In Wrestliana, Litt shares an anecdote, a family joke of how when his son was two, he would tense his tiny muscles into a ‘most muscular’ pose, he called “bein’ a man”. Masculinity is silly. But bein’ a man is a serious business. Litt describes the agony:
“If you are a man, you are faced – moment by moment – with thousands of micro-conflicts. Unless you stay indoors, in bed, under covers, you can’t avoid them.” Competition is by no means the preserve of men. But male competition can somehow be more all-encompassing and toxic. How then should we face the problem of bein’ a man? Of dealing with a life of conflict and failure?
Litt gazes back into his own family mythos. His great-great-great grandfather was the poet, smuggler and champion wrestler, William Litt. And if William can’t tell you a thing or two about bein’ a man, who can? William wrote the original Wrestliana; Or, an Historical Account of Ancient and Modern Wrestling, a spirited polemic in defense of what he saw as the noblest sport in all the world.
Now this isn’t the pro wrestling that many would recognize today – the kind of wrestling I have been known to take part in – choreographed fights where men dress up as men in a kind of drag. This is actual wrestling, real wrestling, real men. The sport of grappling as performed by a few aficionados on the playing fields of fetes in Cumbria. Cumberland & Westmorland style is more similar to Olympic wrestling but not exactly the same. There are amusing descriptions of Victorian wrestling customs, dress and arcane holds (cross-buttock, full buttock).
I spent some time reading the book with suspicion as William sounded too good to be true. Was Litt trolling the very idea of narrative nonfiction? Was William one of his stylised inventions? Was there actually a wrestling hold called a ‘full buttock’? Litt himself acknowledges the story is stranger than fiction:
“It has everything – a strong, handsome, tragic lead man. It involves crime, disloyalty, poetry and love. It’s a mystery story. It even has some epic fight scenes.”
Wrestliana is written in a hard-won style that as entertaining as it is, can at times, threaten to keep the reader at a distance, in a control hold. But the strongest parts of the book are when Litt gives way to the reader and opens up about being a loser. There is a paradox in the strength of the narrative persona given over to vulnerability. How he wanted to be a writer and prove his worth to school bullies. How it’s virtually impossible to become an elite sportsman and an author like William in our age of specialisation. He writes with tenderness, warmth and humour about the positive masculinity of being a father and is no less candid about his competitive nature, how not being longlisted for the Booker Prize hurt him and the pain of losing of a book deal. He gets in the ring and has a rumble himself. Like William, Litt reflects on when his best day might be.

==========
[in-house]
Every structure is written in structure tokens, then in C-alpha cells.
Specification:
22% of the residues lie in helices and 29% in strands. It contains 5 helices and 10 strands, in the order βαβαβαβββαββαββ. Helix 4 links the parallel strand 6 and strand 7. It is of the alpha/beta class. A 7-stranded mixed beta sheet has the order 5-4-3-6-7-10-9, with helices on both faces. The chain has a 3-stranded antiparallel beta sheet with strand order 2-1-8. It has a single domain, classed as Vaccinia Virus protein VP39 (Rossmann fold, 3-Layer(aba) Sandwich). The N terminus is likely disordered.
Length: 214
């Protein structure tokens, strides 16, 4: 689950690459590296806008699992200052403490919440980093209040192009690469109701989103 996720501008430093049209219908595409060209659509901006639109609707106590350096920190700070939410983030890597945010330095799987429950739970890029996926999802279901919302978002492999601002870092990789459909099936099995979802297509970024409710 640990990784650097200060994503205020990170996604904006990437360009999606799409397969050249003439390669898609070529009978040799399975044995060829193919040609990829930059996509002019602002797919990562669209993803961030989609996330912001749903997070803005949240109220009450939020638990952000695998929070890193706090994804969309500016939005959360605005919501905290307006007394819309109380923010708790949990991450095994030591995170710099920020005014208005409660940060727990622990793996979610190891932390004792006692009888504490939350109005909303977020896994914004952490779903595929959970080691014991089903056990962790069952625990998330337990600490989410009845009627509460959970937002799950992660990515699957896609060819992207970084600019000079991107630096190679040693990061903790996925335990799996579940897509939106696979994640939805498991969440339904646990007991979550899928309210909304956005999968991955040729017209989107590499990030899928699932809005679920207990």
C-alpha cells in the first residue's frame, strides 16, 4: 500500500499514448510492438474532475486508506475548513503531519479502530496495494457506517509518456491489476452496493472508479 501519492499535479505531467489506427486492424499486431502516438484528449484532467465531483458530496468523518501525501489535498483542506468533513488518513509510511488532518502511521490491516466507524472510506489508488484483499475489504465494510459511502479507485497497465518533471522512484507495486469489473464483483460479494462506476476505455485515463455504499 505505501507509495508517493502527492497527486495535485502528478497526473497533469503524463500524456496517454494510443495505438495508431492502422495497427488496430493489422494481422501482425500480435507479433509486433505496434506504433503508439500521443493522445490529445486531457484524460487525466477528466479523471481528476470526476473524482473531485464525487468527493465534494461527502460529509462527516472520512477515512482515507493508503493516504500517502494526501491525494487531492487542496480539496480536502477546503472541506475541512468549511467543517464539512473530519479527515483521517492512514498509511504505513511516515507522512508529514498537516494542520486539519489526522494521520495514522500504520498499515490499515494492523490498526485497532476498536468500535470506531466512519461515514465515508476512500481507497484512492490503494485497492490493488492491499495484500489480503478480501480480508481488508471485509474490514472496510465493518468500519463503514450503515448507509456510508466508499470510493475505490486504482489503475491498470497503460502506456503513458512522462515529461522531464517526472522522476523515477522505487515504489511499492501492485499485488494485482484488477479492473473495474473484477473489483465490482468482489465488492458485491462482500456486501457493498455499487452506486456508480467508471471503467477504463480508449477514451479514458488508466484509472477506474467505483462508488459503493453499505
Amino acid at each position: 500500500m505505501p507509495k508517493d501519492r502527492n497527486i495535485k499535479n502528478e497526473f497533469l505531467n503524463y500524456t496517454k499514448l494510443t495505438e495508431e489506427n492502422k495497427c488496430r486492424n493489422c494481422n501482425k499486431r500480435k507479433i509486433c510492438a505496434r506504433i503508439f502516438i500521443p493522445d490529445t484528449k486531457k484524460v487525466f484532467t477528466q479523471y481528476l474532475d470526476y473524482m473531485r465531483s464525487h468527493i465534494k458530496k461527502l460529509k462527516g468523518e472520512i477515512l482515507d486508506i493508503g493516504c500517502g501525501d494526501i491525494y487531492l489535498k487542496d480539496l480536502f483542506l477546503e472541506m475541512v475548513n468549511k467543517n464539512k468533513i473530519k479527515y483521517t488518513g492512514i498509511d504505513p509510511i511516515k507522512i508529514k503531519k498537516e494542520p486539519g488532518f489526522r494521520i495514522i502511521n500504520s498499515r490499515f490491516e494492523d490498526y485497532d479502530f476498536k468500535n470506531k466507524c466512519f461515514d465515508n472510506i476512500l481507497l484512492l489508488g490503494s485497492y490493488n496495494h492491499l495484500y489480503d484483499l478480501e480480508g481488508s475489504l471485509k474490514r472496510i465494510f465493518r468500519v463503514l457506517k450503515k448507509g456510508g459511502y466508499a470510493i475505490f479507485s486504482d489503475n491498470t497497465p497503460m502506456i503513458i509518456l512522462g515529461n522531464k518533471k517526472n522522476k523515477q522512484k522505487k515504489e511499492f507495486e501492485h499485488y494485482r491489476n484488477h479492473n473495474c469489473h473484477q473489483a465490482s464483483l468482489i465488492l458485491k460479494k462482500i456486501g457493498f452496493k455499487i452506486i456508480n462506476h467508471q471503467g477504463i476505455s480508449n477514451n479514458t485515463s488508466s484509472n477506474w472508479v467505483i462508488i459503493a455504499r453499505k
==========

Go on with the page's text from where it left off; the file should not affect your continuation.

Litt is so taken by wrestling he can’t wait for his next fix of Cumberland & Westmorland wrestling and tries out one of the WWE’ss flagship brands, Smackdown. This is the fake side of wrestling. Overblown storylines, musclebound heroes and choreographed outcomes. His assessment is a painstakingly funny deconstruction of the disjointedness of a mediatized product being presented to a live crowd. The performance lacks life, adventure, energy. It exists to be recorded, not experienced; William would’ve hated it. Litt is interested but underwhelmed. But he’s not quite correct in thinking that somebody like John Cena – who the WWE push as a fan favourite – doesn’t get booed in America. The All-American Hero, like many other ‘good guys’ in the industry now, are routinely heckled for their jumped-up macho images, and the snarling wholesomeness of this kind of masculinity is a turnoff for most fans over the age of eight. Whereas a scrawnier, more artful wrestler like Daniel Bryan, who Litt described with hilarious accuracy as “a cross between a Status Quo fan circa 1975 and a brown rat” is universally admired. It represents a cultural shift from freak to geek.
In his meditation on the sport Litt finds a model of competition where victory doesn’t depend on the entire destruction of your opponent, one that shares the gentlemanly ideals of the wrestling ring. Winning doesn’t have to mean somebody else losing. Recognising we’re all losers and that’s okay is the first step. Weighing in at a solid 260 pages, Wrestliana is a funny, moving and insightful meditation on what it is to be a man and how we can learn to fail better.
Wes Brown is a pro wrestler and PhD student researching masculine performativity and creative nonfiction at the University of Kent. His work has been published in Litro, Aesthetica, Poetcasting, The Cadaverine and Culture Wars. He tweets as: @wesbrownwriter